Planning for birth
There are many decisions to be made when planning for a birth. These decisions, and the options available to you, depend on a number of factors, including where you live, your medical and childbirth history, your health during pregnancy, your level of health insurance, and your personal preferences.
The Queensland Centre for Mothers & Babies has an excellent resource, Having A Baby, which is available online and includes a number of decision-making aids for women considering their birthing options. Their website states:
Options for where to have your baby are quite different from one another. When you choose where to have your baby, you are often also choosing things like:
- where you receive your pregnancy care (e.g., at home, in a hospital, in a community clinic);
- whether you have to travel for birth, and how far;
- who provides your care during pregnancy and during labour and birth (e.g., midwives, doctors);
- what choices you have in how to birth your baby;
- whether 'low intervention' birth is supported;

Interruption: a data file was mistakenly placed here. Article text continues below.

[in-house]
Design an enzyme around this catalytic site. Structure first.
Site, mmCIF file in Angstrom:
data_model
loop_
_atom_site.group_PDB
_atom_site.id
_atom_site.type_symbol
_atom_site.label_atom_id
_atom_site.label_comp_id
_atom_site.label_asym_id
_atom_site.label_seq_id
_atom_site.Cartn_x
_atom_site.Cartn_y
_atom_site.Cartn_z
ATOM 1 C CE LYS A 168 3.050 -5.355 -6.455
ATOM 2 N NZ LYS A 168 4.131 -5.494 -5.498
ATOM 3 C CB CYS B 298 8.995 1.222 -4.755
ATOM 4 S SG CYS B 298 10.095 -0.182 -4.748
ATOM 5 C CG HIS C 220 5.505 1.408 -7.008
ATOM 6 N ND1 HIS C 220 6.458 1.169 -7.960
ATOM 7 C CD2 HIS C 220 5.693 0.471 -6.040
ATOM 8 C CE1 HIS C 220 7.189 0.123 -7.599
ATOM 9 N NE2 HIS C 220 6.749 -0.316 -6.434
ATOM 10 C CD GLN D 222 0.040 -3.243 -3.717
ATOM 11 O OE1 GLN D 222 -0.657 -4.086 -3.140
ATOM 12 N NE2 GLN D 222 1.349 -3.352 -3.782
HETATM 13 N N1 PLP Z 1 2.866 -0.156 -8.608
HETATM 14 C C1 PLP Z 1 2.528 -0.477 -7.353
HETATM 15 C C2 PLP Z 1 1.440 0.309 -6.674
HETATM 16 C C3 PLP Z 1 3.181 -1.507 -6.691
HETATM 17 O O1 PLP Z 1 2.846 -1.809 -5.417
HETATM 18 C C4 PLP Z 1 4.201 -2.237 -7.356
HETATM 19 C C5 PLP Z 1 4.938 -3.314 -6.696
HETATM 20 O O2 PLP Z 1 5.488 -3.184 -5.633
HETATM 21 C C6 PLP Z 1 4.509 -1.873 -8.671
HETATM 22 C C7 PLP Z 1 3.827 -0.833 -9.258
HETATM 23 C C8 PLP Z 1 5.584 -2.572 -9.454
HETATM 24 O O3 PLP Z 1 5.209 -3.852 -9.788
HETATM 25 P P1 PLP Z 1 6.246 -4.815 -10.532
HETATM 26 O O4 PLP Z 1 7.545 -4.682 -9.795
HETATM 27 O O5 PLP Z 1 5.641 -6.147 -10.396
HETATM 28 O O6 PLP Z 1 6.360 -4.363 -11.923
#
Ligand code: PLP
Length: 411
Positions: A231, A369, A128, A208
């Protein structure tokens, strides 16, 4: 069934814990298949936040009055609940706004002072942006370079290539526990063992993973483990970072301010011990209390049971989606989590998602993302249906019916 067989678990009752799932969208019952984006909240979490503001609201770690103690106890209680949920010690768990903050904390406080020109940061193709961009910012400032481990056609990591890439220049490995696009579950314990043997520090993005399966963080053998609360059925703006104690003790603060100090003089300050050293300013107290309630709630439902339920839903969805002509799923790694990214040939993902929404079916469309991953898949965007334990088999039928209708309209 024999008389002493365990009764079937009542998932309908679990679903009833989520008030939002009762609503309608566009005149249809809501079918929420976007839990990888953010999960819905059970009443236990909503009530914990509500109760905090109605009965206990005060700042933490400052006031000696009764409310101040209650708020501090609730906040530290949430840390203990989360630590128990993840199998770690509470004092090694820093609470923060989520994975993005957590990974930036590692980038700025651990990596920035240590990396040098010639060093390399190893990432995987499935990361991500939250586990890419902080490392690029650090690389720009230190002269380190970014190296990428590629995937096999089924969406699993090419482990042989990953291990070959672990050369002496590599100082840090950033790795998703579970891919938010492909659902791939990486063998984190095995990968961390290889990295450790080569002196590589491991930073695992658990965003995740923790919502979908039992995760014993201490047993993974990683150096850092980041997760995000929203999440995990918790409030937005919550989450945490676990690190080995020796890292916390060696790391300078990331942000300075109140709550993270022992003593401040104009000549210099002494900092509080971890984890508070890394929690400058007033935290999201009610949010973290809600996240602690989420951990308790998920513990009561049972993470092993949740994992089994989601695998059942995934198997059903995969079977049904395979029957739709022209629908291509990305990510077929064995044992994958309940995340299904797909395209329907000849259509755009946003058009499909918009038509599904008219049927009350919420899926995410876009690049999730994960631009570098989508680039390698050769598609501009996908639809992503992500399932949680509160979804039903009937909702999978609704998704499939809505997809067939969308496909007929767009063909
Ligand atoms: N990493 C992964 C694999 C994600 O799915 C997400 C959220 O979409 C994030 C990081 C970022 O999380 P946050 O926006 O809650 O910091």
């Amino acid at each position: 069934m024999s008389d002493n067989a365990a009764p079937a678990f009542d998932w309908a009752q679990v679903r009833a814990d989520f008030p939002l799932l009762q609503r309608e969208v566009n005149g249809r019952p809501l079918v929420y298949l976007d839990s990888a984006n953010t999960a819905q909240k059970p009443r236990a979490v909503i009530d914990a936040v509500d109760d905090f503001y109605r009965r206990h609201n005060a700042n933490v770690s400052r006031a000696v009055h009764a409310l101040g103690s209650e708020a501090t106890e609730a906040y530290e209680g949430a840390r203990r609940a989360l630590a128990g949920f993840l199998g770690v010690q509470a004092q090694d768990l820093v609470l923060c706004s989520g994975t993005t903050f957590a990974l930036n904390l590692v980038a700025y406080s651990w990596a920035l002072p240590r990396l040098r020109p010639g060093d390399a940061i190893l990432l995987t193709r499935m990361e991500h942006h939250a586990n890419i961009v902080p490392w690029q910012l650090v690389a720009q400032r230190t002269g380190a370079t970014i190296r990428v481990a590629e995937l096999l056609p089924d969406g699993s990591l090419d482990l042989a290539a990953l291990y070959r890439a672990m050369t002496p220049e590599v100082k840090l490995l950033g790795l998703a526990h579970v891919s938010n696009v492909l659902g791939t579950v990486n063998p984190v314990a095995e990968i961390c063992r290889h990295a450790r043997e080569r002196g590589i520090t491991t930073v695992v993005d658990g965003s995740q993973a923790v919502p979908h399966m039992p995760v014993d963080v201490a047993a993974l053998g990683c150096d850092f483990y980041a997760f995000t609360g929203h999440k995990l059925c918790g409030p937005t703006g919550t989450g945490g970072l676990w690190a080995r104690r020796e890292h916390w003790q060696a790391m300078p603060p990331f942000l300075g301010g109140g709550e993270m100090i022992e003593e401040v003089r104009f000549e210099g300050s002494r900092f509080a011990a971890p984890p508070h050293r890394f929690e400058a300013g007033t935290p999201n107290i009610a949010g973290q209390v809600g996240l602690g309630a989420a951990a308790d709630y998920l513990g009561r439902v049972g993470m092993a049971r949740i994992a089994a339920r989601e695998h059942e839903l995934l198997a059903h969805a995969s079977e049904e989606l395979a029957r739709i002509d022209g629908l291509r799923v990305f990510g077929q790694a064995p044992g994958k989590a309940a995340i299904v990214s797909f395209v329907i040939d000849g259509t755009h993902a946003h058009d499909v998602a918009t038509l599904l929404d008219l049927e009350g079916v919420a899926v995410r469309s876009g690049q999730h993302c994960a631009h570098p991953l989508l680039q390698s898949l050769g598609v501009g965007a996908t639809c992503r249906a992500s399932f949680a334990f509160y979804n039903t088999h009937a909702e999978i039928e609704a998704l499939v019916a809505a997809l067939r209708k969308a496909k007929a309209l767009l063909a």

- whether you have close access to certain procedures or services;
- whether your support people are able to stay with you;
- whether there are out-of-pocket costs for your care;
- whether you have in-home care after birth.
In Queensland, there are four main options for where to have a baby:
- Public hospital
- Public birth centre
- Private hospital
- Out of hospital (e.g., home)
There is no one 'right' place for having a baby, and the best option for you may not be the best option for another woman. Thinking about the things that are most important to you when having your baby will help you to choose the best place for you. You may also like to talk with your partner, your support people, or your care providers when deciding where to have your baby.
The Having A Baby website also has resources for women deciding on birth options, including women with a previous caesarean section, around your choices regarding epidural, episiotomy, positions during labour and birth, and more.
If you are not treated with respect and consideration from your first appointment, whenever that is, explore your options of accessing a different person or service.